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T. Jonathan Davies
McGill University
BiodiversityEcologyPhylogenetic treeSpecies richnessBiology
53Publications
32H-index
5,349Citations
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Publications 60
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#1L.N. Hoveka (UJ: University of Johannesburg)H-Index: 2
#2Michelle van der Bank (UJ: University of Johannesburg)H-Index: 22
Last. T. Jonathan Davies (UJ: University of Johannesburg)H-Index: 32
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Abstract As a megadiverse country with three global biodiversity hotspots, a growing human population, and a rapidly developing economy, South Africa exemplifies the challenges facing modern conservation biology. South Africa has established a protected areas network which encompasses 1527 National Parks, nature reserves, wilderness areas, mountain catchment areas, and World Heritage sites. However, the contribution of South Africa's protected areas to biodiversity conservation remains poorly kn...
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#1L.N. Hoveka (UJ: University of Johannesburg)H-Index: 2
#2Michelle van der Bank (UJ: University of Johannesburg)H-Index: 22
Last. T. Jonathan Davies (UJ: University of Johannesburg)H-Index: 32
view all 4 authors...
As a megadiverse country with a rapidly growing population, South Africa is experiencing a biodiversity crisis: natural habitats are being degraded and species are becoming threatened with extinction. In an era of big biodiversity data and limited conservation resources, conservation biologists are challenged to use such data for cost-effective conservation planning. However, while extensive, key genomic and distributional databases remain incomplete and contain biases. Here, we compiled data on...
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#2T. Jonathan DaviesH-Index: 21
Last. David M. GreenH-Index: 34
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Abstract Human activity is accelerating rates of extinction around the world, and there is therefore an urgent need to understand the potential consequences of species loss on functional diversity ...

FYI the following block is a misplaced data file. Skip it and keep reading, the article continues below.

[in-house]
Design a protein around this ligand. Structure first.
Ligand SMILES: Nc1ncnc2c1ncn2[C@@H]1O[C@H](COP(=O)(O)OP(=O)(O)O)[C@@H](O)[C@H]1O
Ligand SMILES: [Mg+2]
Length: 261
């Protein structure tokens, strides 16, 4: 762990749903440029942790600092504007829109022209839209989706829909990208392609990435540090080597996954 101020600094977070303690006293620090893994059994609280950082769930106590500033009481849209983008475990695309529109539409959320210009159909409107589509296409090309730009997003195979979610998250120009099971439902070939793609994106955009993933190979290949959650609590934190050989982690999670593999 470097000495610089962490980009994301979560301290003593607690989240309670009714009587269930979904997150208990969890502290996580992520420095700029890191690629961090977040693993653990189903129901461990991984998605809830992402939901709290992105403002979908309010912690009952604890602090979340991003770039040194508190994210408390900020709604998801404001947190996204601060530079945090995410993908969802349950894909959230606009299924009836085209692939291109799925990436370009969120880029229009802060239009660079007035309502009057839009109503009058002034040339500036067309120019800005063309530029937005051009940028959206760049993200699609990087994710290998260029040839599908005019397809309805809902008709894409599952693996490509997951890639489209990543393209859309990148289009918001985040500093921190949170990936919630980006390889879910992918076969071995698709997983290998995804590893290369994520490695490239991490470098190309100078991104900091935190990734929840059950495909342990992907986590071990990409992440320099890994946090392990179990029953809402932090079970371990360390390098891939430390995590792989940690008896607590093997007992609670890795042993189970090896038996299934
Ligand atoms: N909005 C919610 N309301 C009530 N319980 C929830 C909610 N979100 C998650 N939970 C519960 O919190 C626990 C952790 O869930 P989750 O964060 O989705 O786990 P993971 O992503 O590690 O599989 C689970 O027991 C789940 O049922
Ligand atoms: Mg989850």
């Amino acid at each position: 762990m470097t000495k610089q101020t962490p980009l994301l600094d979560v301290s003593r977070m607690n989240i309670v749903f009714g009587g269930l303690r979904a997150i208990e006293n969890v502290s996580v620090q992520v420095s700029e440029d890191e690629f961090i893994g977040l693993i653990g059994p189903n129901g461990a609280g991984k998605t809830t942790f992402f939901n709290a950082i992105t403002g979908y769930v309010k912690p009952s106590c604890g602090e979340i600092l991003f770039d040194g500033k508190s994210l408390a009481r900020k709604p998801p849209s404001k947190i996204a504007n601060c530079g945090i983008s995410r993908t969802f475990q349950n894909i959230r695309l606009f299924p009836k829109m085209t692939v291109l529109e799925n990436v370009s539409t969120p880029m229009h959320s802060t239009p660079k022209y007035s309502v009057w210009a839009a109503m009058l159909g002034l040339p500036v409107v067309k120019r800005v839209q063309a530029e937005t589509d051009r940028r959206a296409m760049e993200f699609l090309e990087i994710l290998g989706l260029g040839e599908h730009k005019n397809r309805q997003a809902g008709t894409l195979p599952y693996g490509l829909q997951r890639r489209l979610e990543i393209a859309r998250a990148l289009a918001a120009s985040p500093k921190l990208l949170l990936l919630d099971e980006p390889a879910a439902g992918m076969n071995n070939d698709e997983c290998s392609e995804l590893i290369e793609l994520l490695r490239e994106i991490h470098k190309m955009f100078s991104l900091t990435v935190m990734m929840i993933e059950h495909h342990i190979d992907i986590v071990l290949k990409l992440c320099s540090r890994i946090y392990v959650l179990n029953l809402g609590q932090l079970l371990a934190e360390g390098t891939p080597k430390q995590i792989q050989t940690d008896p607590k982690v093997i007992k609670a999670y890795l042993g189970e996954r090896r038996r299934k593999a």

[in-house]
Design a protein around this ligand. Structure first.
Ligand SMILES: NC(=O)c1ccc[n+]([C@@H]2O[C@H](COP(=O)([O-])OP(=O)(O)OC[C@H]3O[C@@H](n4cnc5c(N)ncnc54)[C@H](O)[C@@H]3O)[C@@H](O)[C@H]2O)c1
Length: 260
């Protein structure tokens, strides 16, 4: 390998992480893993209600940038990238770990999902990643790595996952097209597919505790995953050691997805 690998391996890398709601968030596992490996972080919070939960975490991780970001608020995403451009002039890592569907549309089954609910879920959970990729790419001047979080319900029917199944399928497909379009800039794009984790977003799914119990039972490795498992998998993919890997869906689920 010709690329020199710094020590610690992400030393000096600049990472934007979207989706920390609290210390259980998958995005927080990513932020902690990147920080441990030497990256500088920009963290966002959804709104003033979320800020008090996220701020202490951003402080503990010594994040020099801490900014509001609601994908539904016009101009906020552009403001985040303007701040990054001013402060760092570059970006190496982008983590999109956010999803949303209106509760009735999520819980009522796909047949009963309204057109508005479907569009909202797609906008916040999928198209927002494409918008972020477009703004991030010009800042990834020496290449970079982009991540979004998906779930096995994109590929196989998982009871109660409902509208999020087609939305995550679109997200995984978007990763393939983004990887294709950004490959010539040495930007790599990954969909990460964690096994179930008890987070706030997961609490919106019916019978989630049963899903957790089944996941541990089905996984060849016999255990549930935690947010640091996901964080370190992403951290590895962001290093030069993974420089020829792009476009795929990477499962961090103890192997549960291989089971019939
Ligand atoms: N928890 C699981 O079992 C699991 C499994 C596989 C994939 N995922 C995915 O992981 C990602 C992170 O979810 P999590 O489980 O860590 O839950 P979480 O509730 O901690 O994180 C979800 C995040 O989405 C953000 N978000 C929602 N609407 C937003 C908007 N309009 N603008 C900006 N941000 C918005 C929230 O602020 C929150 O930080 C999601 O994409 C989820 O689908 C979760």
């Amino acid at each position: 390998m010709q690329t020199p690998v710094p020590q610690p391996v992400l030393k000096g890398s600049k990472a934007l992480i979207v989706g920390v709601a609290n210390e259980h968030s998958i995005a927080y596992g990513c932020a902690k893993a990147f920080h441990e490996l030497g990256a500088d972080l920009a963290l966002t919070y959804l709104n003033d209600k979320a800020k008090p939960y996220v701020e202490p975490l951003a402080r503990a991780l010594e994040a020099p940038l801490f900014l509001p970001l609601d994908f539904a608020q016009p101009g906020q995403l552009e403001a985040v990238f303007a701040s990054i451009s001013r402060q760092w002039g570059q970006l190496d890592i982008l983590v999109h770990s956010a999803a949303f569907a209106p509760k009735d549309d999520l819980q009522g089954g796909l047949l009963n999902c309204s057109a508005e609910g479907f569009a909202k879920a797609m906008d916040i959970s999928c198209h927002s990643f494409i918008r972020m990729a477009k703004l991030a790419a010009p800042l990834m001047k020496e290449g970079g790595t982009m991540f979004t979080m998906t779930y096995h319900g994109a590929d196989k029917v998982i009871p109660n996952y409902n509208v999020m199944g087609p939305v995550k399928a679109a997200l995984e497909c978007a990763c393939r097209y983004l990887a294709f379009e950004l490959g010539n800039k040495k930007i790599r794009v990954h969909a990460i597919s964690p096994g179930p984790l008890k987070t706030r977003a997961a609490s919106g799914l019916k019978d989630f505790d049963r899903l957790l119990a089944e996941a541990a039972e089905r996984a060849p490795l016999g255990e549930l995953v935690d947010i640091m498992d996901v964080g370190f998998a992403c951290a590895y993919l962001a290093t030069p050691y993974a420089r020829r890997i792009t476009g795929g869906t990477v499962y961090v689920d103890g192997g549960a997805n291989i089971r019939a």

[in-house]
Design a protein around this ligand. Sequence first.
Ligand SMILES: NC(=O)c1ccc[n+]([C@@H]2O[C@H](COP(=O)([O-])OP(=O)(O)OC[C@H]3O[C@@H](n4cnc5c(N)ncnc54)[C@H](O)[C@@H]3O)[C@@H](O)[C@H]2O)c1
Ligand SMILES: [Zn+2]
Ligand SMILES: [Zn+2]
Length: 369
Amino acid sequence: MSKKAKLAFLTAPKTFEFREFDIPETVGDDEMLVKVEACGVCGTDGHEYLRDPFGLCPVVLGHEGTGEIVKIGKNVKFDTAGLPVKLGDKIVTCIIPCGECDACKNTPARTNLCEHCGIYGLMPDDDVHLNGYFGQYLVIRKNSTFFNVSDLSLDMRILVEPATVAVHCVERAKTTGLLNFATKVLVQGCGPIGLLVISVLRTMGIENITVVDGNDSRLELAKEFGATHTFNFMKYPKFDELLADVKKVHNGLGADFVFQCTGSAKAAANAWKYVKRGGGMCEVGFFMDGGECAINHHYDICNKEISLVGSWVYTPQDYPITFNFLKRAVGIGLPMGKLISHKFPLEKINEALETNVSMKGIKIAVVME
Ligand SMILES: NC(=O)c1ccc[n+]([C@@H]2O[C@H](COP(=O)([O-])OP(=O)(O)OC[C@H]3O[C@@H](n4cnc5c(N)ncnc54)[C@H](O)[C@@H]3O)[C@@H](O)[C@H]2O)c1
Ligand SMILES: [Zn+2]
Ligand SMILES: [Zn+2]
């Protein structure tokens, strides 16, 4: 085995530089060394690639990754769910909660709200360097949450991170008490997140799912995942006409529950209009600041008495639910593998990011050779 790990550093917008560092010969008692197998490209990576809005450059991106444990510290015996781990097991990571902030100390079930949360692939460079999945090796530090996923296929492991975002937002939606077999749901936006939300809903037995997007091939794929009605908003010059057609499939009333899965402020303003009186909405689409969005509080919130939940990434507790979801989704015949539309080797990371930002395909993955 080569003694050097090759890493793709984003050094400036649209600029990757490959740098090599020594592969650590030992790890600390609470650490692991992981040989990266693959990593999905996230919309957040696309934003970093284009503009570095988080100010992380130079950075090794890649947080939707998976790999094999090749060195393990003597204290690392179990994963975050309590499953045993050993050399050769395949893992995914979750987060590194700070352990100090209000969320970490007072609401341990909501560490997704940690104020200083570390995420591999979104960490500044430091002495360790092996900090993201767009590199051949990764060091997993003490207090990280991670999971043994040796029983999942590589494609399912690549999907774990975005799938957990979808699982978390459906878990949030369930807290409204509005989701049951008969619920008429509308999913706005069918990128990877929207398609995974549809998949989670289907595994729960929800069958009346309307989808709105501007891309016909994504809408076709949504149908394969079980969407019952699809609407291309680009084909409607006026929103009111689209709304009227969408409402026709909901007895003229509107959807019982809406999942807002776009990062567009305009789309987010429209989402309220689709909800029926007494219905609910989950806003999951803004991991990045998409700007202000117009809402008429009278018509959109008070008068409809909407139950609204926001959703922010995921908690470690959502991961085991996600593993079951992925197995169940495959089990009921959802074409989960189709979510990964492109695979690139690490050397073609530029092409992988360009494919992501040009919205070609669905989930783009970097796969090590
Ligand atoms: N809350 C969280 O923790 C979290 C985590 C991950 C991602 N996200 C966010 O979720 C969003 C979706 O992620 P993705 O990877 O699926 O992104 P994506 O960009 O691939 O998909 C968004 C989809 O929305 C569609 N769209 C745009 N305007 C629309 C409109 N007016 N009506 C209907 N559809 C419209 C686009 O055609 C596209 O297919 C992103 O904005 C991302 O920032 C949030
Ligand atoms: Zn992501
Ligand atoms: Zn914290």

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#1Maxwell J. Farrell (U of T: University of Toronto)
#1Maxwell J. Farrell (U of T: University of Toronto)H-Index: 5
Last. T. Jonathan Davies (UBC: University of British Columbia)H-Index: 2
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Parasites that infect multiple species cause major health burdens globally, but for many, the full suite of susceptible hosts is unknown. Proactive disease surveillance involves gathering host-parasite association data, predicting missing links, and targeting efforts towards the most likely undocumented interactions. Using the largest global network of mammal host-parasite interactions amalgamated to date (>29,000 interactions), we predict undocumented links and conduct targeted literature searc...
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#1William D. Pearse (USU: Utah State University)H-Index: 15
#2T. Jonathan Davies (UBC: University of British Columbia)H-Index: 2
To date, our understanding of how species have shifted in response to recent climate warming has been based on a few studies with a limited number of species. Here we present a comprehensive, global overview of species9 distributional responses to changing climate across a broad variety of taxa (animals, plants, and fungi). We characterise species9 responses using a metric that describes the realised velocity of climate change: how closely species9 responses have tracked changing climate through...
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#1Sandrine Pavoine (CNRS: Centre national de la recherche scientifique)H-Index: 9